There’s hardly a crop more ubiquitous in our diets, and in our cooking, than the potato
The part of the potato plant we eat is familiar — an oval-shaped, thin-skinned, pitted tuber — but the top growth of the plant may not be so recognisable. It grows to around 75cm high and 45cm wide with rigid, slightly hairy stems and green leaves. The clusters of white to mauve nightshade flowers hint that potatoes are part of the large Solanaceae family. After flowering, round green berries form, but the plants are grown from tubers, not these seeds.
In their native South America, potatoes come in a staggering array of shapes, sizes and colours. In just four centuries, they’ve conquered the world to become one of our most important food crops.
Site and soil
Potatoes flourish in a rich, friable soil tilled with well-composted animal manure or added organic fertiliser. Don’t grow them in recently limed soils and don’t put tubers in direct contact with manure or fertiliser. They don’t tolerate frost, either, which kills the top growth. Select a sunny, well-drained position. Alternatively, plant potatoes in mounds of organic straw or sugarcane mulch.
Although potatoes grow from sprouted spuds (just cut potato into 50g segments, each with an “eye”), these may introduce virus diseases. It is recommended that gardeners buy certified seed potatoes (small, virus-free tubers) from garden centres or online. Look for organically grown.
Allow seed potatoes to sprout with small stubby shoots before planting. They are best grown between February and August in the tropics and subtropics (to avoid the wet season); July to October and January to February in temperate zones; and August to December in cool or frosty zones.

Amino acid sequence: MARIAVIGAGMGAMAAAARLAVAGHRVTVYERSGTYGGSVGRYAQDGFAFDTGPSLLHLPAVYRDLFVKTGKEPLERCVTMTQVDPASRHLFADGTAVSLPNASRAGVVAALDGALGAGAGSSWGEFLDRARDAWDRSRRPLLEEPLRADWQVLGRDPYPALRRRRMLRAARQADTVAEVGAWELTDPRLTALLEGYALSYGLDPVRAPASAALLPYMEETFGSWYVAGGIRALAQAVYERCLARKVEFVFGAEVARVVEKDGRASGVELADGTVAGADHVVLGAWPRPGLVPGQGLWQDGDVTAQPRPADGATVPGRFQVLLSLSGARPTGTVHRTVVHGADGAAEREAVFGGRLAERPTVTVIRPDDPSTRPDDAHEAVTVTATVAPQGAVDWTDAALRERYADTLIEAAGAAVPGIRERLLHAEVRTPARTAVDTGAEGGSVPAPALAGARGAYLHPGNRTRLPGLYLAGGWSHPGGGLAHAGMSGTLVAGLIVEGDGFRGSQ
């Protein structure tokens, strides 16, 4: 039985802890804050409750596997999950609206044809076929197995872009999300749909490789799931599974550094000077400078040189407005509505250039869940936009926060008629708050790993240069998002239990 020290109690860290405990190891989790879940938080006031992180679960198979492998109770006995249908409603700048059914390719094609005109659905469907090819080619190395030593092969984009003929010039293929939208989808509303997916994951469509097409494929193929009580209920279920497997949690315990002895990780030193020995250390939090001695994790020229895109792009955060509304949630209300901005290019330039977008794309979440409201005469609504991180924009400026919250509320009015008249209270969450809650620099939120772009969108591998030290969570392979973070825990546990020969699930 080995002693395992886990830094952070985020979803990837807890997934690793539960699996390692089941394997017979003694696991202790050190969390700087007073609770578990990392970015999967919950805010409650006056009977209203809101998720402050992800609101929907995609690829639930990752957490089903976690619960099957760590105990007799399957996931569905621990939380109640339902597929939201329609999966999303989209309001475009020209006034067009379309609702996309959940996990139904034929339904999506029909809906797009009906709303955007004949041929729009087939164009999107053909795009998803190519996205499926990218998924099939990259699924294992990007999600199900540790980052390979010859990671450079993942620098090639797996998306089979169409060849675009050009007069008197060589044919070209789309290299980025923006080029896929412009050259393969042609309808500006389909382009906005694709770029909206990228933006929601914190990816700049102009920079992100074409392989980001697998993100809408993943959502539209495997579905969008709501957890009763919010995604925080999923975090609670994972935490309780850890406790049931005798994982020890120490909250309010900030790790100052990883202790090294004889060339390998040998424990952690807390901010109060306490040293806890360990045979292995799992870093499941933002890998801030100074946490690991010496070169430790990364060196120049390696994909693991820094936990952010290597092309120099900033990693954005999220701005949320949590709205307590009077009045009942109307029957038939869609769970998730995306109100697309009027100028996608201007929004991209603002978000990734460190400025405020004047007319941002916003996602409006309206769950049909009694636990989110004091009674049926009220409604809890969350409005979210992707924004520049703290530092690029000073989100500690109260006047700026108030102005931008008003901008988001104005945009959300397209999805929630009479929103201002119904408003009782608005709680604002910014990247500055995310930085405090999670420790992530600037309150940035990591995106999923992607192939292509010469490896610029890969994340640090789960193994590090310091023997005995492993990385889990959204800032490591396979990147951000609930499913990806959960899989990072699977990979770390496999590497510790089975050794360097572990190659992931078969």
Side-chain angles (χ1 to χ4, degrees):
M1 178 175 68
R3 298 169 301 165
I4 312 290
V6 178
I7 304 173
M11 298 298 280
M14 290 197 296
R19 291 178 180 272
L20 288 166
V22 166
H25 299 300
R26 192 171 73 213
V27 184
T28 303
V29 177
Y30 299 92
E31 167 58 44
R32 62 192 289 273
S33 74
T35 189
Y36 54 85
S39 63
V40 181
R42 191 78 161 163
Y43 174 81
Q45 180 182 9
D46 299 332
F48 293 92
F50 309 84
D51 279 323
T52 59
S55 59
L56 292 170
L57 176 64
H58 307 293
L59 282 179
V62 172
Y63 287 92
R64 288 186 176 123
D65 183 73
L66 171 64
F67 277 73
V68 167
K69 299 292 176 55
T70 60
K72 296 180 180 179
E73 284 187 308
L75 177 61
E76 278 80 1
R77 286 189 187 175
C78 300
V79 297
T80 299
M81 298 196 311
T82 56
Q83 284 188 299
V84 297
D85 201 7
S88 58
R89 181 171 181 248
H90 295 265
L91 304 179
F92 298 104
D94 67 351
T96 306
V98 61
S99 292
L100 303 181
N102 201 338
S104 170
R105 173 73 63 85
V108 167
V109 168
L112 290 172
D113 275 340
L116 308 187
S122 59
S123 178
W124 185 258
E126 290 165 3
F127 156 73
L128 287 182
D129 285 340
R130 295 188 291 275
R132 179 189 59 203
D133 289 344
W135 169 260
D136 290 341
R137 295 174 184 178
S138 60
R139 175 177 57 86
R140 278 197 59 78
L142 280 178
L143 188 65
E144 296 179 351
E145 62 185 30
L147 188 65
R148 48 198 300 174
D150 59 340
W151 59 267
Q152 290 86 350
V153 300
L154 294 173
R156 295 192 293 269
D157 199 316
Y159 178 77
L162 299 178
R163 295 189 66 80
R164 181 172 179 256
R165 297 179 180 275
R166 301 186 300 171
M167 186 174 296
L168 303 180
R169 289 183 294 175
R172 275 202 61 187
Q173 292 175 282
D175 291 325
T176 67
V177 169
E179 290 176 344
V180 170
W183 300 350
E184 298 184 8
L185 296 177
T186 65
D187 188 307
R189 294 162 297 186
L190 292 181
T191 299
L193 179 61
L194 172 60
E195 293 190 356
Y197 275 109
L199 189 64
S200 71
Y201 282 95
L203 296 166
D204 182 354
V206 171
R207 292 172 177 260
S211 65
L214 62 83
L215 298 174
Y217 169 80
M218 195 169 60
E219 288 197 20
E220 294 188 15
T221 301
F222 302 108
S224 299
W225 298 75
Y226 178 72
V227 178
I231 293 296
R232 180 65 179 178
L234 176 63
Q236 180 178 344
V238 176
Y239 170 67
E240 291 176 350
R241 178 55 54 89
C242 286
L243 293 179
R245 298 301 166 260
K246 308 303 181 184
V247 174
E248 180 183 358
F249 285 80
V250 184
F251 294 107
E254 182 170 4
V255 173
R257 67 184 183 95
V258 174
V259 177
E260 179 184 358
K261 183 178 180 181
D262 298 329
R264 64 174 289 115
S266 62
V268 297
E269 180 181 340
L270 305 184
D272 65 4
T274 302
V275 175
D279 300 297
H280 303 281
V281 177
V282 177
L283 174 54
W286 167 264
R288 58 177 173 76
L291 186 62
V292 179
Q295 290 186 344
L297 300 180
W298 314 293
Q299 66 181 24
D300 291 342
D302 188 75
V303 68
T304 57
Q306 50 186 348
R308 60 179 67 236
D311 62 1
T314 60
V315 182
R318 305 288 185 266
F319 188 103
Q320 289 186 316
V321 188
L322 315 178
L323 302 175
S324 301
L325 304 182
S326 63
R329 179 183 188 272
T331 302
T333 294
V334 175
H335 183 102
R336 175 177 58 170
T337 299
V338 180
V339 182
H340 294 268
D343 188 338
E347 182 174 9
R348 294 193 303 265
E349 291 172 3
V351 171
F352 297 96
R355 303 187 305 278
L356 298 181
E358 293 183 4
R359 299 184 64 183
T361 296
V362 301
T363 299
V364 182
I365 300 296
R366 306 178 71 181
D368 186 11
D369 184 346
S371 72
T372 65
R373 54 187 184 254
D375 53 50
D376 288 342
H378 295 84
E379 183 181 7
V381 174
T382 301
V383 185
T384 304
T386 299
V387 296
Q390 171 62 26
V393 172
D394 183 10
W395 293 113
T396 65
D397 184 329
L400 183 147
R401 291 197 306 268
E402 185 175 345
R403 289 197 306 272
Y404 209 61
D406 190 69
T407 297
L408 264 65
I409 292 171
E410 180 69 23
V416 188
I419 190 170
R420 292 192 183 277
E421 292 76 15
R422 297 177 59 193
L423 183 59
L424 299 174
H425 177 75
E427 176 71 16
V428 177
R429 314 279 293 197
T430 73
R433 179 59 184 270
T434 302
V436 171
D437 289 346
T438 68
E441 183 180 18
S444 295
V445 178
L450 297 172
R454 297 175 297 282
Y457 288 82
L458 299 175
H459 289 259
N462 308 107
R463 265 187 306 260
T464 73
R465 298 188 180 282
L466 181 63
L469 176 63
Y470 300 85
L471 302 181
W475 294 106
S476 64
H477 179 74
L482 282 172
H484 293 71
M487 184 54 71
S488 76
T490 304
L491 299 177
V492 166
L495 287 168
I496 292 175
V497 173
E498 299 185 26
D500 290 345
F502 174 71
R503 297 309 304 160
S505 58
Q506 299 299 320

In a garden bed, plant seed potatoes in rows 15cm deep and 25–30cm apart. Set rows 60–80cm apart. In a mound system, lay straw one biscuit thick, add seed potatoes, organic soil and compost, then cover with another straw layer. Keep layering as the stem grows. Keep plants mulched and tubers well covered with soil. Potato plants need to be watered regularly, especially as they begin to flower. Provide an occasional feed with an organic liquid fertiliser.
Harvest and eat
Tubers mature after flowering and are ready to harvest at around 12 weeks, when the leaves yellow or the tops die down. Small “new” potatoes may be ready four weeks from flowering but are not suitable for storing because of their very thin skins.
Caterpillars and 28-spotted ladybirds may attack leaves. Control aphids as they spread virus disease. Potato moth attacks tubers. Excessive wet weather or poorly drained soil can lead to fungal diseases such as blight; affected tubers are unsuitable for storage and may be inedible.
Beans, cabbage, tansy and coriander.
Written by Diane Crawford
Originally in Good Organic Gardening Volume 4 Issue 2